swing hanger Reply:

    Daegu is on the Gyeongbu Line, which is the primary north/south trunk line linking the two largest cities in S. Korea. The line is equipped with ATP (positive train control) with Eurobalises. AFAIK all S. Korean main lines are equipped with ptc-type signaling, be it cab signaling or lineside signals w/ATS.

    Alon Levy Reply:

    How fast was the KTX train going in the opposite direction going when it hit the derailed train?

    swing hanger Reply:

    Until more reports come in, this video, of a KTX service departing East Daegu Sta. and passing through Daegu Sta., will perhaps give an idea of the speeds of passing trains within the Daegu Sta. limits:

    Useless Reply:

    The KTX in opposite direction was travelling at 110 km/hr, slowed down to 40 km/hr at the moment of impact, and turns out it was the derailed KTX coach car that was hit by the incoming KTX train. The first KTX train’s structure took the impacts very well, basically the Volvo of trains, and the outcome was just two minor injuries out of some 1,100 passengers seating across three trains. The lesson learned is that the KTX-II which has 50~80% increased buff strength over KTX-I will do very well in the mixed-traffic of CAHSR and Northeast Corridor condition, but the question arises concerning the HEMU-430X(Will be named KTX-III), which reduced buff strength to 200 ton and instead relies on impact energe absorbers in order to reach the 13 tons/axle load needed for 370 km/hr service speed.

    Useless Reply:

    SEOUL, August 31, 2013 (AFP) – A collision between a bullet train and a local passenger train on Saturday paralysed a key South Korean rail artery, transport officials said, but there were no serious injuries.

    The high-speed train was rammed on its side by the local train as it was travelling through Daegu railway station, the transport ministry said in a statement.

    Eleven passenger coaches, including 10 from the high speed train, were derailed in the accident, which paralysed the crucial route between Seoul and the southern city of Busan for nearly three hours.

    All passengers — 870 on both trains — were safely evacuated and taken by bus or taxi to nearby East Daegu station.

    Yonhap news agency said a few passengers suffered minor cuts as they attempted to escape through the windows.

    The cause of the collision is being investigated, the ministry said.

  9. StevieB
    Aug 30th, 2013 at 19:40

    Governor signs AB 481 to streamline land management for High Speed Rail Authority

    Gov. Jerry Brown signed AB 481 by Assemblymember Bonnie Lowenthal (D-Long Beach) into law on Aug. 26, streamlining property-management practices for the landmark high-speed rail project, according to Lowenthal’s office…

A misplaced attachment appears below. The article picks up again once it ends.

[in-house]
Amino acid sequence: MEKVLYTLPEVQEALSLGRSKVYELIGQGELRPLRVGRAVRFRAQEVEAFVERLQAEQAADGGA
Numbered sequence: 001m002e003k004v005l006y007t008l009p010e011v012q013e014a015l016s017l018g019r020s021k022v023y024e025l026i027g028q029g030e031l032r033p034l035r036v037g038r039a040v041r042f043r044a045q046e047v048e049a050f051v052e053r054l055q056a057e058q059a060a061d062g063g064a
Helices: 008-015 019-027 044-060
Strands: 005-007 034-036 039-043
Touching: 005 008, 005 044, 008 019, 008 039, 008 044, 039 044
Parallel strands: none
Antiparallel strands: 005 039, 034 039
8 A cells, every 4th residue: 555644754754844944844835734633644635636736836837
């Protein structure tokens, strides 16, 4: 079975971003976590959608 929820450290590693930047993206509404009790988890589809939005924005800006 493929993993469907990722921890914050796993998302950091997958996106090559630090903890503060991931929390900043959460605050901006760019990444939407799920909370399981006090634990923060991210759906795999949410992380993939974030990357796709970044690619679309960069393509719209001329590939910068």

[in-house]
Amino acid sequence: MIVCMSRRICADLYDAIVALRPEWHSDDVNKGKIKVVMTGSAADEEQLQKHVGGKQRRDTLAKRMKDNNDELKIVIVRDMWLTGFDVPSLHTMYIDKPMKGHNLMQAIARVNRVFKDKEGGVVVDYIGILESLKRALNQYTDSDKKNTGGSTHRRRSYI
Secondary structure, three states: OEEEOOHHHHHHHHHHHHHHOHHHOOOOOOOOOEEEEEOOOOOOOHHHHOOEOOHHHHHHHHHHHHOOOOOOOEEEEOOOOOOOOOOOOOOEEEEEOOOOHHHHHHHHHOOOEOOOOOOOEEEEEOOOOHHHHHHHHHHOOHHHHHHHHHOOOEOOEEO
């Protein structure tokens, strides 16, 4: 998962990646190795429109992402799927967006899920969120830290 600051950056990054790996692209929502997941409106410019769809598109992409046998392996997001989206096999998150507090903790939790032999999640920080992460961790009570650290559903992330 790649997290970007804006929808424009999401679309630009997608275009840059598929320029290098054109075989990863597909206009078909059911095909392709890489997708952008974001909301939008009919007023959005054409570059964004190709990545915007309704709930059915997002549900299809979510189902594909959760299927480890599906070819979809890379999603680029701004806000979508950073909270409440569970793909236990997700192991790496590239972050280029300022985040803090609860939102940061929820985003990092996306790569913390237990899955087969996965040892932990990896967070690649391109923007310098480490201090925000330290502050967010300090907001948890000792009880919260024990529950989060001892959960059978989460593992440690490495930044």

For almost all of California’s state agencies, the Department of General Services is responsible for property management…

    Under the bill, the Authority will have the ability to negotiate directly with impacted landowners, exchange or lease property, mitigate impacts and sell excess property no longer required for the project.

    Keith Saggers Reply:

    Well done Assemblymember Bonnie Lowenthal (D-Long Beach)

    joe Reply:

    Her X who is in Congress continues to be concerned Troll.

    The report also addresses issues regarding the railway’s funding, a concern echoed by Rep. Alan Lowenthal, D-Long Beach.

    “The vast majority of the money we have will be spent on building the route in the Central Valley,” Lowenthal said. “But right now, we have no money to connect the center to the extremes, Los Angeles and San Francisco.”

    “I really want it to be successful,” Lowenthal said. “But I’m worried.”

    VBobier Reply:

    What can He do there against HSR? Not much outside of vote with the Repubs/baggers… He’s a sideshow and not too important in My opinion.

    joe Reply:

    He’s not on the transportation committee for a reason. I read he was interested. He would have worked to re-purpose HSR funds to his district. Pelosi would not consent.

    Pelosi gave him foreign affairs. Hahn is on the HSR relevant subcommittee. So is Grace. Both SoCal Reps.

    VBobier Reply:

    Sounds good, that Her X is in Foreign Affairs, where He can act all Republican(He may as well be one)…

    synonymouse Reply:

    If he wanted it to be successful he would be asking the same questions as Kopp.

  10. D. P. Lubic
    Aug 30th, 2013 at 20:21

    Off topic again, but of interest for the distribution that shows up–that “red,” pro-Republican (supposedly conservative) states have more highway deaths per capita and per mile than “blue,” pro-Democrat (liberal) states, and the differences don’t seem to be tied to anything, except maybe dumber drivers in some states. . .interesting.

    D. P. Lubic Reply:

    And in Syracuse, N.Y., it looks like an interstate highway may be coming down.

    D. P. Lubic Reply:

    And this may tie in, too–a Millennial Trains Project:

    Seems one of the experiences that fascinated these Millennials was a ride in a dome car!

    D. P. Lubic Reply:

    I posted this at Railway Preservation News, too, and got an interesting set of responses from another poster from the Pacific Northwest who uses the name “Rainier Rails” (last page of thread):

    D. P. Lubic Reply:

    Also from Railway Preservation News, a thread on the Niles Canyon Railway, which looks like a most interesting and ambitious heritage road, one I wish I could visit: